"Listening to the RNC rhetoric, I thought: I could be the poster child for the “We Built It” theme. Without inherited wealth, without financial banking, I founded a small business in 1984 on my wits alone that I have run continuously and successfully for the past 28 years.
The Republicans appear to think so, too, as they call me at least once a month asking for money and spouting some screed about Obama's secret Muslim plot.
However, like Chris Christie's, my momma always told me to face the truth, and the truth is that I–like everyone else in this country–am not the sole author of my accomplishments."
- We Read the Republican Platform So You Don’t Have To | Swampland | TIME.com –
"“Have you ever met anybody who has read the party platform?” John Boehner scoffed Monday. “I’ve not ever met anybody.” Boehner has a point. The 2012 Republican platform is neither widely read nor binding. But it is an important document, a dense statement of first principles and an antidote to a campaign waged with abstractions. It bears the fingerprints of two men, neither of whom is Mitt Romney. Above all, it’s an official marker of just how conservative the GOP has become. Here are five things you should know about the new GOP platform:"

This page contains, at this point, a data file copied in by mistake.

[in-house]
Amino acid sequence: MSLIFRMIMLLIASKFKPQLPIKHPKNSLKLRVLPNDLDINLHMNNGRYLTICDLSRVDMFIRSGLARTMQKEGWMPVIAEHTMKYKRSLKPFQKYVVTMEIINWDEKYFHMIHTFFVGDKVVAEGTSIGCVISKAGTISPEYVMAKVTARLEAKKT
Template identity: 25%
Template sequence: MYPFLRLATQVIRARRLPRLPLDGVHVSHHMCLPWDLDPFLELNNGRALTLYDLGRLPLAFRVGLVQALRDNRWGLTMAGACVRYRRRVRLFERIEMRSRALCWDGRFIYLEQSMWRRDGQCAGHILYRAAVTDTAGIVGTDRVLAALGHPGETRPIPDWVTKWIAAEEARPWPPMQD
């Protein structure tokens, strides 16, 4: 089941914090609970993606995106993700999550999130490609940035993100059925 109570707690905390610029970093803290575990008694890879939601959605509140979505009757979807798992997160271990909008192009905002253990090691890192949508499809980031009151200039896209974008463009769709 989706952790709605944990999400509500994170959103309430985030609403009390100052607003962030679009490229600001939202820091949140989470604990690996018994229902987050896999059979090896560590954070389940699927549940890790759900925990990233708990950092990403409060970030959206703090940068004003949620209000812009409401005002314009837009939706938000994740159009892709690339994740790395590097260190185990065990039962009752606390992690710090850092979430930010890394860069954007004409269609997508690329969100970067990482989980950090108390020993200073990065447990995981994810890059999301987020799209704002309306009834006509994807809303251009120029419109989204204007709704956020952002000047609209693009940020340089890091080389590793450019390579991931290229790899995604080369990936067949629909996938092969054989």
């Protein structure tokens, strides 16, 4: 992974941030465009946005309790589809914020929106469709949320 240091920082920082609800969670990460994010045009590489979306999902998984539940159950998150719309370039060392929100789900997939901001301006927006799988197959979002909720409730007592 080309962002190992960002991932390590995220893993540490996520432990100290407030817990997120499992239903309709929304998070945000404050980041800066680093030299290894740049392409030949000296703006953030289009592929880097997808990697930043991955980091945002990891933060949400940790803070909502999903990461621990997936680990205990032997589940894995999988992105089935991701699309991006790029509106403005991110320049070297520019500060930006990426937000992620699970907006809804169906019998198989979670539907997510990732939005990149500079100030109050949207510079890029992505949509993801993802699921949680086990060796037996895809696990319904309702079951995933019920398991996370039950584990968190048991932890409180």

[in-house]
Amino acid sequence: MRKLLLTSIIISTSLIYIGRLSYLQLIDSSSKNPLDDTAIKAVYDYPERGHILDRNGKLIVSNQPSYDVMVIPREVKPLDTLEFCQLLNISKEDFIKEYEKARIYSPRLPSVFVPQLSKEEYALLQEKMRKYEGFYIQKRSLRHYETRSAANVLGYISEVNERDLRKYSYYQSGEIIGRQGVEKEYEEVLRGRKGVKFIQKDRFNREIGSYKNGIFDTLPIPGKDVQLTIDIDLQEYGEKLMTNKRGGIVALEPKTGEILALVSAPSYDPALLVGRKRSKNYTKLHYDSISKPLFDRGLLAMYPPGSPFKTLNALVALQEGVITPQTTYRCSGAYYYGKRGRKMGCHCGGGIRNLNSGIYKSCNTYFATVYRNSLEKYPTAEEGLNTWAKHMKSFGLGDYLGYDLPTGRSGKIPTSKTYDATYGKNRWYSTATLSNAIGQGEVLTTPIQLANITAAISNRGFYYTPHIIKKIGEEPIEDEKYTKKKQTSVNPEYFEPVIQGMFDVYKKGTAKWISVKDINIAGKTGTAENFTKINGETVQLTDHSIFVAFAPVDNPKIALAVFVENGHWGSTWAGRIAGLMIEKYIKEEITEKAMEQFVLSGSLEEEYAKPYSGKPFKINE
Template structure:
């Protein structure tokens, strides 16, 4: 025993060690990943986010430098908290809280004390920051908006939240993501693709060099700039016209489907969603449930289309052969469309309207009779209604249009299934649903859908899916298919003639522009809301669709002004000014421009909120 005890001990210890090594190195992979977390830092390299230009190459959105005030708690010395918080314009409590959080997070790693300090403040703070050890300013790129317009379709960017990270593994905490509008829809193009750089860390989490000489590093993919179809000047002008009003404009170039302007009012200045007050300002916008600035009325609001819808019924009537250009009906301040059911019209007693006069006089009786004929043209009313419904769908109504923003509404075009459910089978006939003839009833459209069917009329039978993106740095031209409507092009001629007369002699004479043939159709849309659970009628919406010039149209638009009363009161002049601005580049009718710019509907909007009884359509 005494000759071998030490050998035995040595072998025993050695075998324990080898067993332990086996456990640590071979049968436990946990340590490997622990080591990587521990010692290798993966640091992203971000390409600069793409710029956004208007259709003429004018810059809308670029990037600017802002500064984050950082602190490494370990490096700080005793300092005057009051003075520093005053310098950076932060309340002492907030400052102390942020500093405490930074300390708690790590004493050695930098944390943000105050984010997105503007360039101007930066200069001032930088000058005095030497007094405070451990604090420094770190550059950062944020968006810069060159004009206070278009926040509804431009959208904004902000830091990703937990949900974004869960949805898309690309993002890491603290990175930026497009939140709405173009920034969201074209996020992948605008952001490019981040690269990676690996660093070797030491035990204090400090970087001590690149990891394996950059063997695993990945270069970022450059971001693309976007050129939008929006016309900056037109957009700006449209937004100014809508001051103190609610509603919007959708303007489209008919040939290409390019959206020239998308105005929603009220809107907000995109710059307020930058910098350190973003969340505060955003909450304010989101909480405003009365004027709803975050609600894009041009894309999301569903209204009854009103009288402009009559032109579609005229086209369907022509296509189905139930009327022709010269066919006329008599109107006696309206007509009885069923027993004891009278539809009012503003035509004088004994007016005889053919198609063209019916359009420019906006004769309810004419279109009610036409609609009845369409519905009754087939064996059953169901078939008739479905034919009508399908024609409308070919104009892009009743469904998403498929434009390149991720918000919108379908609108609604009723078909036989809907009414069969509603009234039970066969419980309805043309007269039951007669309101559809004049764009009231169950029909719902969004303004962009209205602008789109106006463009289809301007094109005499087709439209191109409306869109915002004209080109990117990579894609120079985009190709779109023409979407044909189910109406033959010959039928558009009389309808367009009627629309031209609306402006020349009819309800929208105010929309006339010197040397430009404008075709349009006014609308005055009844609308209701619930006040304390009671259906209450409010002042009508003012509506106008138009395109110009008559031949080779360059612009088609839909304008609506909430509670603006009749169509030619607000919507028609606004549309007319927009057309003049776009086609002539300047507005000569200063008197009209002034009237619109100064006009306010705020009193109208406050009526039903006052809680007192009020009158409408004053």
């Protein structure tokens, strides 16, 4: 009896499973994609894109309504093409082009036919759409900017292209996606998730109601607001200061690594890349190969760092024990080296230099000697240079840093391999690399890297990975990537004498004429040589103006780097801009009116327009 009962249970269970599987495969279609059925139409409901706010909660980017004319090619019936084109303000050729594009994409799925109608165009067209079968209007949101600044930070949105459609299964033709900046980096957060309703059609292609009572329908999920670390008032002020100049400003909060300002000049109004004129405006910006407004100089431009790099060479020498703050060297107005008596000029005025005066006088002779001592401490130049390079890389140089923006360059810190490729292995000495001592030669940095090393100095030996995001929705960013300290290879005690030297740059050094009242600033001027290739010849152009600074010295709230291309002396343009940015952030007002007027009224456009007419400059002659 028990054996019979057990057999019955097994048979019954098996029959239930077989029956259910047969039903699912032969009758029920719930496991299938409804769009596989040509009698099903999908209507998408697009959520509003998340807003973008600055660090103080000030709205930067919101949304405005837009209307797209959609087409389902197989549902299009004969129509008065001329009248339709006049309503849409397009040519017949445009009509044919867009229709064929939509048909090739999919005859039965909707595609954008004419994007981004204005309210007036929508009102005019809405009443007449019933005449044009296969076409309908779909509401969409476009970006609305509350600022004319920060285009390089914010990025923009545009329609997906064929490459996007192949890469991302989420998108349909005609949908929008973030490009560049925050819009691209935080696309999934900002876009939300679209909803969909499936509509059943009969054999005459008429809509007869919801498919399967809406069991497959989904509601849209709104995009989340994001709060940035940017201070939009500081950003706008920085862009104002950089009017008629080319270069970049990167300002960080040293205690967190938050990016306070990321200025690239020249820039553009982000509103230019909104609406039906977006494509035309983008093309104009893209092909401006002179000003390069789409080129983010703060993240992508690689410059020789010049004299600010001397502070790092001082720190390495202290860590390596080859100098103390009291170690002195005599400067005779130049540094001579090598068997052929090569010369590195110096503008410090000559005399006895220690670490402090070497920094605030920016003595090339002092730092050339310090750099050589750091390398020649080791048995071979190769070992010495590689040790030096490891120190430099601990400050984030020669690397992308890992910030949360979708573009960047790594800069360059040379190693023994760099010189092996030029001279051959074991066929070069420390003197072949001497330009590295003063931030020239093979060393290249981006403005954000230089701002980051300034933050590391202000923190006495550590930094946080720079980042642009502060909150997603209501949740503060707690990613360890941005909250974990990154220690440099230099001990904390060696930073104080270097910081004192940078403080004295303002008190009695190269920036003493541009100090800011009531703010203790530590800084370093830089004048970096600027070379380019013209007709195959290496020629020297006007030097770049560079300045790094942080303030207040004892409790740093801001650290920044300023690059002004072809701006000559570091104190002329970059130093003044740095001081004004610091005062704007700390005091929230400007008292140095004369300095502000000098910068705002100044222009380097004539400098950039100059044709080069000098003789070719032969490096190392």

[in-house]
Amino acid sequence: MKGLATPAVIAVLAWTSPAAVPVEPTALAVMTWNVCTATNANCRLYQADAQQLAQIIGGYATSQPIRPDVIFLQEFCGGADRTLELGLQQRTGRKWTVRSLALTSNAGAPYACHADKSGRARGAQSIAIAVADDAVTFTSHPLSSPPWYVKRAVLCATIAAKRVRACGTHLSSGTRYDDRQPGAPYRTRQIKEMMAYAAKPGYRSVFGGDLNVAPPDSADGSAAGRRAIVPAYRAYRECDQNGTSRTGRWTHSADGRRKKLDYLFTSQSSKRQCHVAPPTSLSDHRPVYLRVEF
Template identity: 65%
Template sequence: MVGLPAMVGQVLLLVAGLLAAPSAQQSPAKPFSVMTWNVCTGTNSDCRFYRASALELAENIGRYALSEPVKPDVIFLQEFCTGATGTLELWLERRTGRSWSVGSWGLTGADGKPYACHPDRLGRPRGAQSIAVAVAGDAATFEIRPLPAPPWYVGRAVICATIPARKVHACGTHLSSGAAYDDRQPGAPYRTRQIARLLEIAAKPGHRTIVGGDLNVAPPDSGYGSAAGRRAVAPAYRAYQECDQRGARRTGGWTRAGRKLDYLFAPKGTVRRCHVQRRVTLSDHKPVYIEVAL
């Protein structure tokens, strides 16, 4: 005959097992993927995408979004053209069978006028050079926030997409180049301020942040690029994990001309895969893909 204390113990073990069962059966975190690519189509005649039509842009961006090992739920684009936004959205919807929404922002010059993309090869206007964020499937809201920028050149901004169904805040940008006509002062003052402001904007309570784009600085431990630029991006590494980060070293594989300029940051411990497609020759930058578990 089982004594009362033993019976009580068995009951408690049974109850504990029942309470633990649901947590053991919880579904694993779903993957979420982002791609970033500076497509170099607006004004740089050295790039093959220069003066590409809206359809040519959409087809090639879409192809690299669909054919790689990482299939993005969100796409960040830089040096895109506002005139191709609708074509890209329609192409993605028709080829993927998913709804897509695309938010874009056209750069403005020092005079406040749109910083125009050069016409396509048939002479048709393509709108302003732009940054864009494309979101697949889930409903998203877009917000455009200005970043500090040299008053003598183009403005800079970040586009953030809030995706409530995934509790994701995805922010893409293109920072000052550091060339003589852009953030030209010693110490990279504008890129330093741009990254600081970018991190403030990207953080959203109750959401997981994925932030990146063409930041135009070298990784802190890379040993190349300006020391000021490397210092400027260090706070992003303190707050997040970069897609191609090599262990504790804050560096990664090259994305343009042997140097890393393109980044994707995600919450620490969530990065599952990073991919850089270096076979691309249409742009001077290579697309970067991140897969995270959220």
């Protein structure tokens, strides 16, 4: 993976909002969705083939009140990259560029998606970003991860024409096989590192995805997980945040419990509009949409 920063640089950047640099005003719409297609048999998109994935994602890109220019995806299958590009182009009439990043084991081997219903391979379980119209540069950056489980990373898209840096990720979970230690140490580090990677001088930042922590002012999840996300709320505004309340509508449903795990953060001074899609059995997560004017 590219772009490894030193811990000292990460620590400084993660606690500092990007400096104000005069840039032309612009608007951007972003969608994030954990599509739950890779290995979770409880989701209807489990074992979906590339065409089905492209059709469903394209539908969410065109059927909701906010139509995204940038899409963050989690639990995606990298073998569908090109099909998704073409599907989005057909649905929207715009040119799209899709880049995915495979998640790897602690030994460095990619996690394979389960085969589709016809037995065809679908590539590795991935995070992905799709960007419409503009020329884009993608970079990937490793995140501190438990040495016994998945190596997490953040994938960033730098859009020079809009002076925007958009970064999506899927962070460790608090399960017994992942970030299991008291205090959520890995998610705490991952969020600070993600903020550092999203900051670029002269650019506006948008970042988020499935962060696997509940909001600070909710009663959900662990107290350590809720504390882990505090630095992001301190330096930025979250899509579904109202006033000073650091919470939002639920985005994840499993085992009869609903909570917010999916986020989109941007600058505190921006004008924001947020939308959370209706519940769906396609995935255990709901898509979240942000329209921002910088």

- Race baiting at the RNC – Salon.com –
"Today, despite the fact that most people on welfare are white, most Americans think the majority of welfare recipients are black. So when Newt Gingrich calls President Obama the “food stamp president,” the implicit story he’s telling is that our nation’s first black president is giving handouts to other black people. Just like Romney can deny his birth certificate joke was a bone tossed to birthers, that’s just how voters heard it. And in politics, as in civil rights law, unjust impact can trump even virtuous intent.
At the same time, studies show that most white people think black folks are less committed to hard work than they are. So when Republicans use “We did build that!” as their new refrain, repeated in Romney and Ryan’s stump speeches and by almost every speaker at the RNC so far — sure, part if not most of the message is to perpetuate the myth of private sector bootstrapping and public sector irrelevance. But that’s not all. Stories have subplots, and this subplot is about race."
- Not Your Grandma’s Republican Party –